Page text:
Chief Judge James K. Bredar of the U.S. District Court for the District of Maryland found that a party was required to review documents for relevance before producing them, relying on an ESI protocol provision stating “a party’s obligation to conduct a reasonable search for documents in response to discovery requests shall be deemed to be satisfied by reviewing documents that are captured by utilizing the methodology provided for in this protocol.”
In holding that McCormick was required to review documents prior to production, the court relied heavily on the plain language of the ESI protocol, as it constituted an agreement between the parties. We work closely with case teams and opposing counsel to negotiate and prepare ESI protocols, ensuring clients understand all obligations prior to reaching an agreement.
The dispute at issue in McCormick & Co., Inc. v. Ryder Integrated Logistics, Inc., Civil No. JKB-22-0115, 2023 WL 2433902 (D. Md. Mar. 9, 2023) began when McCormick learned during discovery that a key custodian’s files had been deleted when she left the company, despite the issuance of a litigation hold. In an attempt to capture communications that included the key custodian, McCormick collected the emails of six additional custodians, ran the key custodian’s name across them as a search term, and included the hits and their families in its production. McCormick did not manually review the documents prior to production, and approximately 30% of the hits with families that were produced by McCormick were a result of this attempt to address the improper deletion of custodial files. When defendant Ryder objected to the voluminous production, McCormick argued the ESI protocol, which was entered as an order of the Court at McCormick’s request, did not require it to manually review documents. McCormick also argued that a document-by-document review would be too costly, as an estimated $240,000 review was not proportional to the needs of the case in a $4 million contract dispute.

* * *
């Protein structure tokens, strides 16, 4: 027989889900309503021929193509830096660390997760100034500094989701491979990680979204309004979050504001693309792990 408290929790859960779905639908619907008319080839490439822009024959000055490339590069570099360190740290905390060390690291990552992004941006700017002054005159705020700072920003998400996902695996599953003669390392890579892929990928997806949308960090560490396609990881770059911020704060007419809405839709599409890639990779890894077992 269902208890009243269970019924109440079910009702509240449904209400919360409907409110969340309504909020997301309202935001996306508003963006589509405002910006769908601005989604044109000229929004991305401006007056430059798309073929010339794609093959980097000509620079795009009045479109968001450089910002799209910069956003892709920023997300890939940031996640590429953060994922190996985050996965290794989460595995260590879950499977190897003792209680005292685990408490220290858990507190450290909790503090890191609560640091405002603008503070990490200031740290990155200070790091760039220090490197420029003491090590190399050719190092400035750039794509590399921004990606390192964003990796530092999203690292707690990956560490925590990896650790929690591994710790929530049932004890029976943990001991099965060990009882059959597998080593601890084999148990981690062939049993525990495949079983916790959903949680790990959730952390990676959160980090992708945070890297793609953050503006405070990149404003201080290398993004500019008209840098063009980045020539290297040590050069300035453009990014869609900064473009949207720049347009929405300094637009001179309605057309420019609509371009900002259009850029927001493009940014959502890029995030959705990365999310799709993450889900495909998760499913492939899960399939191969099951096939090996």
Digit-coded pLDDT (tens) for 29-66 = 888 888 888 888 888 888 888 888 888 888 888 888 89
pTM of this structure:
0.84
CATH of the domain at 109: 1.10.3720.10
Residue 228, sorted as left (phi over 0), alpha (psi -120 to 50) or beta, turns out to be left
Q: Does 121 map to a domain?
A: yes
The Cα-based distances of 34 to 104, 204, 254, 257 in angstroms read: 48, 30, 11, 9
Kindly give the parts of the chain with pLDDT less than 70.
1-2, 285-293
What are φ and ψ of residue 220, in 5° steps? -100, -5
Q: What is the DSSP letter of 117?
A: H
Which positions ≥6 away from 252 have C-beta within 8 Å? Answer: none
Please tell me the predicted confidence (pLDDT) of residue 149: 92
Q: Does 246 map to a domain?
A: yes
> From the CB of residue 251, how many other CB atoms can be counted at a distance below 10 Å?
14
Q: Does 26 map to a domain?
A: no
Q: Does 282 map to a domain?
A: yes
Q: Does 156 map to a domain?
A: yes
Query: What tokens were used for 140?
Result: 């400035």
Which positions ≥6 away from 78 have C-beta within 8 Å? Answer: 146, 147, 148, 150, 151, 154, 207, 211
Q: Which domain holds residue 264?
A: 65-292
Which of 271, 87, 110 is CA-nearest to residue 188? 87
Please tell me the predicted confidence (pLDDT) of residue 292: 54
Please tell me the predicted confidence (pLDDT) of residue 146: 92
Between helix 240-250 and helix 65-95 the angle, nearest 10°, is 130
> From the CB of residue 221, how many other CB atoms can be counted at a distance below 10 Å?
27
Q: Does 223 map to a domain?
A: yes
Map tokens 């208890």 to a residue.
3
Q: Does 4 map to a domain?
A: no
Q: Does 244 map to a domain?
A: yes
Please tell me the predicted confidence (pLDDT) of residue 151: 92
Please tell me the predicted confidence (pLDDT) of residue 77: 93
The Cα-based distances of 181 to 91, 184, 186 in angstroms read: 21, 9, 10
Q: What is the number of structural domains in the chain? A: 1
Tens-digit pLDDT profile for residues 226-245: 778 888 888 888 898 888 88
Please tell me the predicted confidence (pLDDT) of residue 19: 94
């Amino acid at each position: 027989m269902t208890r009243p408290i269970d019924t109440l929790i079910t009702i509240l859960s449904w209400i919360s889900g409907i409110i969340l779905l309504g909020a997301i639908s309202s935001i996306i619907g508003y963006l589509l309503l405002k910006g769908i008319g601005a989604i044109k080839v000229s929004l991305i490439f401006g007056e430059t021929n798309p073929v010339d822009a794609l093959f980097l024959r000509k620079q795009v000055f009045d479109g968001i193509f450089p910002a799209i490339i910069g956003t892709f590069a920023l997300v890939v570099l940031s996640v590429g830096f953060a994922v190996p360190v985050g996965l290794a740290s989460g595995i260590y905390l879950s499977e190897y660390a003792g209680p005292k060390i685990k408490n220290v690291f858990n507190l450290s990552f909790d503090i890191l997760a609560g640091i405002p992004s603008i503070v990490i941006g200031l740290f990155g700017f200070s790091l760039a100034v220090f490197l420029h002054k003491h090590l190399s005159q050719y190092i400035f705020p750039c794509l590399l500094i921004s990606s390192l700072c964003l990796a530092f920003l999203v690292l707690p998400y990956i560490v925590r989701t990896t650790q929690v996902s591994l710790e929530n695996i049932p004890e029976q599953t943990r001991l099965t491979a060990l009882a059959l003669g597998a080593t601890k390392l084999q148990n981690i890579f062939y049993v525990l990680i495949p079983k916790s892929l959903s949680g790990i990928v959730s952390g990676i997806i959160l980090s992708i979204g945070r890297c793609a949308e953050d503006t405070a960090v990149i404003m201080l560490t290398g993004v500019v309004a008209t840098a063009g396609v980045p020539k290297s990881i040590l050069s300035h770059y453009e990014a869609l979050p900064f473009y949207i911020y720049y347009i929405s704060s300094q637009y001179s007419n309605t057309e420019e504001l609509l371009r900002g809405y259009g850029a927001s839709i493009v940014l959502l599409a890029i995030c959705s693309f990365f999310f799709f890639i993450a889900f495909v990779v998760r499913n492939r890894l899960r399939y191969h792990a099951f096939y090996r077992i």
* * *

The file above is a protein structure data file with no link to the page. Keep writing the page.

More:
Judge Bredar rejected McCormick’s arguments that it was not required to review documents for relevance prior to producing them, finding:
Joe A. Tate, Jr., Member and Managing Director of CODISCOVR, focuses his practice on eDiscovery, information governance, and data management issues in the context of litigation and investigations. In his role, Joe is responsible for the day-to-day management of a team of attorneys and technologists that handle all phases of the eDiscovery lifecycle. Connect with Joe →
Nicole Gill, Counsel at CODISCOVR, concentrates her practice on electronic discovery in a variety of contexts, manages complex document review workflows, and routinely navigates data and privacy protection laws across many jurisdictions, both domestic and foreign. Nicole also implements quality control procedures to mitigate risk and counsels both clients and colleagues on issues related to eDiscovery, information governance and data management. Connect with Nicole →